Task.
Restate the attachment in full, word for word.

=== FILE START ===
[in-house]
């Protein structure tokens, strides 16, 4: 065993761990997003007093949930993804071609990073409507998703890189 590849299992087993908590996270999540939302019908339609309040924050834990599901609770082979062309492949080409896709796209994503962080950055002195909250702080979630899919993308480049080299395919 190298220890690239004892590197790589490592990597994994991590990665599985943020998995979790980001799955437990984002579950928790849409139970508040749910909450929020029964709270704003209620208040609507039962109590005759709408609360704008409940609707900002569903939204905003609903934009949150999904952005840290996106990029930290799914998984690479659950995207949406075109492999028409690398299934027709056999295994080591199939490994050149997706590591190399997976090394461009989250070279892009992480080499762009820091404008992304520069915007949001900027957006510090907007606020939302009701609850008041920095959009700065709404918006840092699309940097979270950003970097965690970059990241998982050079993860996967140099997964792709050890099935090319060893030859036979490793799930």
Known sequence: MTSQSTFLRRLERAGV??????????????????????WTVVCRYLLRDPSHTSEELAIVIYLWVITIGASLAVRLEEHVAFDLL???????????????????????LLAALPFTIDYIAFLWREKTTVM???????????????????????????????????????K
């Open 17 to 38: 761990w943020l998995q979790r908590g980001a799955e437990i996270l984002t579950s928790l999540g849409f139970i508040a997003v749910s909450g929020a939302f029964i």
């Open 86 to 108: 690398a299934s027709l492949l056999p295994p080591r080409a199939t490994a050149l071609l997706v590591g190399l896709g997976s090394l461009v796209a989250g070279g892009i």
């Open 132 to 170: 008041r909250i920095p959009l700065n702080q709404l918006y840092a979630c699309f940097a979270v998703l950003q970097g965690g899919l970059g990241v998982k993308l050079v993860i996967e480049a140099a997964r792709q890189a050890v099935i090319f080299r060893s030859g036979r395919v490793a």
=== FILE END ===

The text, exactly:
[in-house]
């Protein structure tokens, strides 16, 4: 065993761990997003007093949930993804071609990073409507998703890189 590849299992087993908590996270999540939302019908339609309040924050834990599901609770082979062309492949080409896709796209994503962080950055002195909250702080979630899919993308480049080299395919 190298220890690239004892590197790589490592990597994994991590990665599985943020998995979790980001799955437990984002579950928790849409139970508040749910909450929020029964709270704003209620208040609507039962109590005759709408609360704008409940609707900002569903939204905003609903934009949150999904952005840290996106990029930290799914998984690479659950995207949406075109492999028409690398299934027709056999295994080591199939490994050149997706590591190399997976090394461009989250070279892009992480080499762009820091404008992304520069915007949001900027957006510090907007606020939302009701609850008041920095959009700065709404918006840092699309940097979270950003970097965690970059990241998982050079993860996967140099997964792709050890099935090319060893030859036979490793799930």
Known sequence: MTSQSTFLRRLERAGV??????????????????????WTVVCRYLLRDPSHTSEELAIVIYLWVITIGASLAVRLEEHVAFDLL???????????????????????LLAALPFTIDYIAFLWREKTTVM???????????????????????????????????????K
């Open 17 to 38: 761990w943020l998995q979790r908590g980001a799955e437990i996270l984002t579950s928790l999540g849409f139970i508040a997003v749910s909450g929020a939302f029964i």
């Open 86 to 108: 690398a299934s027709l492949l056999p295994p080591r080409a199939t490994a050149l071609l997706v590591g190399l896709g997976s090394l461009v796209a989250g070279g892009i």
């Open 132 to 170: 008041r909250i920095p959009l700065n702080q709404l918006y840092a979630c699309f940097a979270v998703l950003q970097g965690g899919l970059g990241v998982k993308l050079v993860i996967e480049a140099a997964r792709q890189a050890v099935i090319f080299r060893s030859g036979r395919v490793a």